LeadingSmart

Practical Stuff for Church Leaders

Whose Fault is this Banking Crisis?

Everyone wants to pin blame for the huge banking crisis--and thus economic slowdown--that we are experiencing right now. Whose fault is it?

I have no idea. I'm not smart enough to understand all the issues.

But I did find this article very interesting. It was printed in the New York Times nine years ago. Portions below, read the original article here. Emphasis by me.

Fannie Mae Eases Credit To Aid Mortgage Lending

Published: September 30, 1999

In a move that could help increase home ownership rates among minorities and low-income consumers, the Fannie Mae Corporation is easing the credit requirements on loans that it will purchase from banks and other lenders.

The action, which will begin as a pilot program involving 24 banks in 15 markets -- including the New York metropolitan region -- will encourage those banks to extend home mortgages to individuals whose credit is generally not good enough to qualify for conventional loans. Fannie Mae officials say they hope to make it a nationwide program by next spring.

Fannie Mae, the nation's biggest underwriter of home mortgages, has been under increasing pressure from the Clinton Administration to expand mortgage loans among low and moderate income people and felt pressure from stock holders to maintain its phenomenal growth in profits.

In addition, banks, thrift institutions and mortgage companies have been pressing Fannie Mae to help them make more loans to so-called subprime borrowers. These borrowers whose incomes, credit ratings and savings are not good enough to qualify for conventional loans, can only get loans from finance companies that charge much higher interest rates -- anywhere from three to four percentage points higher than conventional loans.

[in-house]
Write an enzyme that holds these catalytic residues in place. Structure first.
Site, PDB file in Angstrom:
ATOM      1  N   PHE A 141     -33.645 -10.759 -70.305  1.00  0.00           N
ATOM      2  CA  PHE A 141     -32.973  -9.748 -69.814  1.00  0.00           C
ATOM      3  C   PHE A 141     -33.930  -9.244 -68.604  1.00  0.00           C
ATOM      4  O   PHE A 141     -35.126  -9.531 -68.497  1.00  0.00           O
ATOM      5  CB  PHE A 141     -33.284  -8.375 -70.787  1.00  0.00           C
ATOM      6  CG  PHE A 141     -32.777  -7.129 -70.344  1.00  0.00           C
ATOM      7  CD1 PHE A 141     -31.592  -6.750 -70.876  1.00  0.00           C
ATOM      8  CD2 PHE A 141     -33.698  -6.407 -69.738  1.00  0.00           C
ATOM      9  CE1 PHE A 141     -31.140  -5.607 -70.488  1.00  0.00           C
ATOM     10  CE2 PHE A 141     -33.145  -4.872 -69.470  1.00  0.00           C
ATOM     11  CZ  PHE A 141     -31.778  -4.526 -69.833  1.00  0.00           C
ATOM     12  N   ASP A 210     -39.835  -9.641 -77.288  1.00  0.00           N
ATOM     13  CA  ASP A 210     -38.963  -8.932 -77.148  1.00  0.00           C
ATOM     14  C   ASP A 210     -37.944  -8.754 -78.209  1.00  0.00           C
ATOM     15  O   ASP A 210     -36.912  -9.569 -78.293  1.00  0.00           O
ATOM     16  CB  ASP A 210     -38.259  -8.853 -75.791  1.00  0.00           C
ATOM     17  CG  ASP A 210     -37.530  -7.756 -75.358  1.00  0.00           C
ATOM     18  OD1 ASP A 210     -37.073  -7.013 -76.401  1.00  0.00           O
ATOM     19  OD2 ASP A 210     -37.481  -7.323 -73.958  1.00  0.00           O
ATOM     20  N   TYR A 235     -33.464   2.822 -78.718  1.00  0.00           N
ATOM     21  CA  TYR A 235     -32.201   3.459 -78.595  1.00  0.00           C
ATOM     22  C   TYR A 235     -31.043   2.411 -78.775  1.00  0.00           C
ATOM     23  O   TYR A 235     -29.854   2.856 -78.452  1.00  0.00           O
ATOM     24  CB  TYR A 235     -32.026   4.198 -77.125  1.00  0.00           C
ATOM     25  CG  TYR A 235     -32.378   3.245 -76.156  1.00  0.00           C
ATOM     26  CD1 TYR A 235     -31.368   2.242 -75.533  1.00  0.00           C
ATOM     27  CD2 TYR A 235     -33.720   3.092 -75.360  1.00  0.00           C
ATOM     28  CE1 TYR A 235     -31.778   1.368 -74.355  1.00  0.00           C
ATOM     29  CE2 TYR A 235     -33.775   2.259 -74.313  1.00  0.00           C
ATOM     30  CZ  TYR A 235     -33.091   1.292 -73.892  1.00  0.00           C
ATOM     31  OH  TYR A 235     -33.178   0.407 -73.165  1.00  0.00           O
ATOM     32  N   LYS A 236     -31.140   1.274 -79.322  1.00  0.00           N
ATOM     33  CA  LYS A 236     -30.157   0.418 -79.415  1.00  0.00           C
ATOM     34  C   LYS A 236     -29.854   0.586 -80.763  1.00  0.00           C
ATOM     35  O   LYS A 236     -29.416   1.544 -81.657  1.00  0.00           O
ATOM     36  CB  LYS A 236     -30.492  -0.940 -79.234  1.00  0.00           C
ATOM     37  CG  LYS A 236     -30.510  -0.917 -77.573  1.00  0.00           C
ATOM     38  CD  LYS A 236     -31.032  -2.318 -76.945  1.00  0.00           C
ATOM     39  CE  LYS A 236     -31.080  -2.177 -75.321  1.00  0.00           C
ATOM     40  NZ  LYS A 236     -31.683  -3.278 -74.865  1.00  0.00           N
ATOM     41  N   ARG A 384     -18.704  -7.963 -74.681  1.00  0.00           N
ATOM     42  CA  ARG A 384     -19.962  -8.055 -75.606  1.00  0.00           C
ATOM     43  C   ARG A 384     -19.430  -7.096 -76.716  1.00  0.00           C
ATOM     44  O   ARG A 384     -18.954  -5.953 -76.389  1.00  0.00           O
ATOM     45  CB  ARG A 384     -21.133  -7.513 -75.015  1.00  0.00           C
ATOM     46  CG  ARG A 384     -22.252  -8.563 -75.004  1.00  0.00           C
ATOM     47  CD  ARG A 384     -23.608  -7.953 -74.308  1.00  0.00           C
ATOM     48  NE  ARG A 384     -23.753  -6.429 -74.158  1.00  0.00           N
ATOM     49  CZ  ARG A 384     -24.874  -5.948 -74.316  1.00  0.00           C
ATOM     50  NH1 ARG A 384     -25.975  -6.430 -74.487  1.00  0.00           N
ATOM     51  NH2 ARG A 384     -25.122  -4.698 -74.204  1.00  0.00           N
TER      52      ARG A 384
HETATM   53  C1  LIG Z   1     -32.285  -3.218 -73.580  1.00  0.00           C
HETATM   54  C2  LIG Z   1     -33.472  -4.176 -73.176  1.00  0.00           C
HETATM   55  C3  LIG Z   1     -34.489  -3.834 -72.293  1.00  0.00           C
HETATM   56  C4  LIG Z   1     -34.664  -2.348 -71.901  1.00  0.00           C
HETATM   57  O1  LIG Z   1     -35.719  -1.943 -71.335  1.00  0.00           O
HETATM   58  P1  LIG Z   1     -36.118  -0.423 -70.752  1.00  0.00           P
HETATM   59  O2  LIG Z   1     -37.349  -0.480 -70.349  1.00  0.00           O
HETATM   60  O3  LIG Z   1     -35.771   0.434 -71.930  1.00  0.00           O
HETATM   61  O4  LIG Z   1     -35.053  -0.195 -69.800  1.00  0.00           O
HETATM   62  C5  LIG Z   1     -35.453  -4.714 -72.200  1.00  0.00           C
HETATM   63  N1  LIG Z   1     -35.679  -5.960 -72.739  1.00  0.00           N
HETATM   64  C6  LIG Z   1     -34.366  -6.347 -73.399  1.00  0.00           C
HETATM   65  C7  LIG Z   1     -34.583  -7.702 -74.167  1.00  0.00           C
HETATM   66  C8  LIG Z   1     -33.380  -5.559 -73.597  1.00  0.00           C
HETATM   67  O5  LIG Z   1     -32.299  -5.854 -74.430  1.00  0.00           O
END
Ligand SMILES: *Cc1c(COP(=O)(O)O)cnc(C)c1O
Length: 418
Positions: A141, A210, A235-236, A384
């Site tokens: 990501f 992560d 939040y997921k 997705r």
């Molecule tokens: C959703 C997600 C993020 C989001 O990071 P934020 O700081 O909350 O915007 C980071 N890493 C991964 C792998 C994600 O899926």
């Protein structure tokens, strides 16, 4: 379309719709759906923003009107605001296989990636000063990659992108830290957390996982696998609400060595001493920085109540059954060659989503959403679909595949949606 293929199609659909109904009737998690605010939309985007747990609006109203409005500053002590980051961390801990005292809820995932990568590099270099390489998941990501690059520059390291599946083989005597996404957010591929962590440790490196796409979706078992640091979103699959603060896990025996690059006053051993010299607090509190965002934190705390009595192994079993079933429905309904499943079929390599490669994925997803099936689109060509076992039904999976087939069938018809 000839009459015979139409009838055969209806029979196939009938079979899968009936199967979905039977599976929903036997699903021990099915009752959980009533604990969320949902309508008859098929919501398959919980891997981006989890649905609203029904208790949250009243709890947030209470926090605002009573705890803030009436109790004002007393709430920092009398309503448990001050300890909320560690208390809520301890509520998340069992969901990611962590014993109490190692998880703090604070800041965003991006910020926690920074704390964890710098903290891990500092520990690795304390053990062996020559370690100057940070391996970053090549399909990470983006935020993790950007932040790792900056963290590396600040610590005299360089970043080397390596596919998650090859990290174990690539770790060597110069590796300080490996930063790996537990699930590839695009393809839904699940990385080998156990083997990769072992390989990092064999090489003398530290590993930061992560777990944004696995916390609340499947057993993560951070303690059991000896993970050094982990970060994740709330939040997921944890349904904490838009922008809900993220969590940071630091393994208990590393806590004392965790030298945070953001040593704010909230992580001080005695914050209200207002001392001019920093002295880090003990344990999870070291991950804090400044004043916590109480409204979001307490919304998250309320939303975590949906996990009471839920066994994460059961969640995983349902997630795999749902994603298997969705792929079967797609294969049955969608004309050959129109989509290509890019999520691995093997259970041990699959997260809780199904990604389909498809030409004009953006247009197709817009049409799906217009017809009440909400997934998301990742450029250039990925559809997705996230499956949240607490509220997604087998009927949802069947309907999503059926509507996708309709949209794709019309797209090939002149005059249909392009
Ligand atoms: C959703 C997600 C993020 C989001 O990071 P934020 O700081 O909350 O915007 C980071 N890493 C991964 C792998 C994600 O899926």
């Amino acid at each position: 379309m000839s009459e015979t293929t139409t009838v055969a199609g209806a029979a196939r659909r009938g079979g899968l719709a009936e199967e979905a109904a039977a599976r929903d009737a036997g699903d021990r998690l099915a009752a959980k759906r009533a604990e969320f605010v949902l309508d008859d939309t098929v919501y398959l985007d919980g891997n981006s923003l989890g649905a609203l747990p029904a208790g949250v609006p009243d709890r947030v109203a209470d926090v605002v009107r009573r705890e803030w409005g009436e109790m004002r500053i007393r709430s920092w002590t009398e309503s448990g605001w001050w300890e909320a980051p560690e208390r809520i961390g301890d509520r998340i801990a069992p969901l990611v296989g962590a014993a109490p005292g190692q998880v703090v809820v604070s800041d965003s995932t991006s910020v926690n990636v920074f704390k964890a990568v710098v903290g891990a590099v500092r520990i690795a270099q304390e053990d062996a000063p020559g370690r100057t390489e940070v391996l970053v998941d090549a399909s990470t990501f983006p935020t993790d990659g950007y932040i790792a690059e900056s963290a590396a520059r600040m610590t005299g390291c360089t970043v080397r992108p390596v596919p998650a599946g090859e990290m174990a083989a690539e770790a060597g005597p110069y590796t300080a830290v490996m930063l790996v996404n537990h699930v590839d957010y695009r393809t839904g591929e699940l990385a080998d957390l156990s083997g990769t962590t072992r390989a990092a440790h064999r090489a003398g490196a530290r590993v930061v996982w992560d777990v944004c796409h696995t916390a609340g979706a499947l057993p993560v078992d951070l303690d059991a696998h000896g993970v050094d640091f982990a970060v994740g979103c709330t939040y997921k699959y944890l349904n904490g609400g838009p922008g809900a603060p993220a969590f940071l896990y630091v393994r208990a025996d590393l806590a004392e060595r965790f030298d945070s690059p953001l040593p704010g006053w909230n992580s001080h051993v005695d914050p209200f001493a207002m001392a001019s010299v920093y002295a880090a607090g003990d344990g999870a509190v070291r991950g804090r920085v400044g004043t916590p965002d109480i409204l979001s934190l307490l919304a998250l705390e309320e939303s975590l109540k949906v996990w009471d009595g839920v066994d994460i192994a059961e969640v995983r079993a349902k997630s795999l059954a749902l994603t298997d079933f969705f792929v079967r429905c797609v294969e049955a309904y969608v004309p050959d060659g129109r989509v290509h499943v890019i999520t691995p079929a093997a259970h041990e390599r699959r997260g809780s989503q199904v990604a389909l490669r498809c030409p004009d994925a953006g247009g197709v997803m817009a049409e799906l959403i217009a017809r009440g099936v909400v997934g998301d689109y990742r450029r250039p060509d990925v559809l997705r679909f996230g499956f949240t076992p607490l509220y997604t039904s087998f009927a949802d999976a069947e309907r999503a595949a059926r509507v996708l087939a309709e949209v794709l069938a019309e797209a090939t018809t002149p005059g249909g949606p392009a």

''Fannie Mae has expanded home ownership for millions of families in the 1990's by reducing down payment requirements,'' said Franklin D. Raines, Fannie Mae's chairman and chief executive officer. ''Yet there remain too many borrowers whose credit is just a notch below what our underwriting has required who have been relegated to paying significantly higher mortgage rates in the so-called subprime market.''

Demographic information on these borrowers is sketchy. But at least one study indicates that 18 percent of the loans in the subprime market went to black borrowers, compared to 5 per cent of loans in the conventional loan market.

In moving, even tentatively, into this new area of lending, Fannie Mae is taking on significantly more risk, which may not pose any difficulties during flush economic times. But the government-subsidized corporation may run into trouble in an economic downturn, prompting a government rescue similar to that of the savings and loan industry in the 1980's.

''From the perspective of many people, including me, this is another thrift industry growing up around us,'' said Peter Wallison a resident fellow at the American Enterprise Institute. ''If they fail, the government will have to step up and bail them out the way it stepped up and bailed out the thrift industry.''

(Continue reading here...)

It's possible Peter Wallison was a prophet. Or, perhaps, just a smart economist who knew that if you loan money to a bunch of people who can't afford to pay you back--it might just come back to bite you some day.

It's okay, though, because there are no consequences. We, the taxpayers of these United States, will bail out the lenders and the borrowers. In fact, we'll bail out anyone. Even the Red Cross continues to spend money it doesn't have, and this week asked the government for a $150 million bail out.

Again, I'm not smart enough to figure it all out. But I've decided I'll continue to only spend money that I have. And I'll save a little, cause when the government raises my taxes to pay for this mess, I'll need to be ready.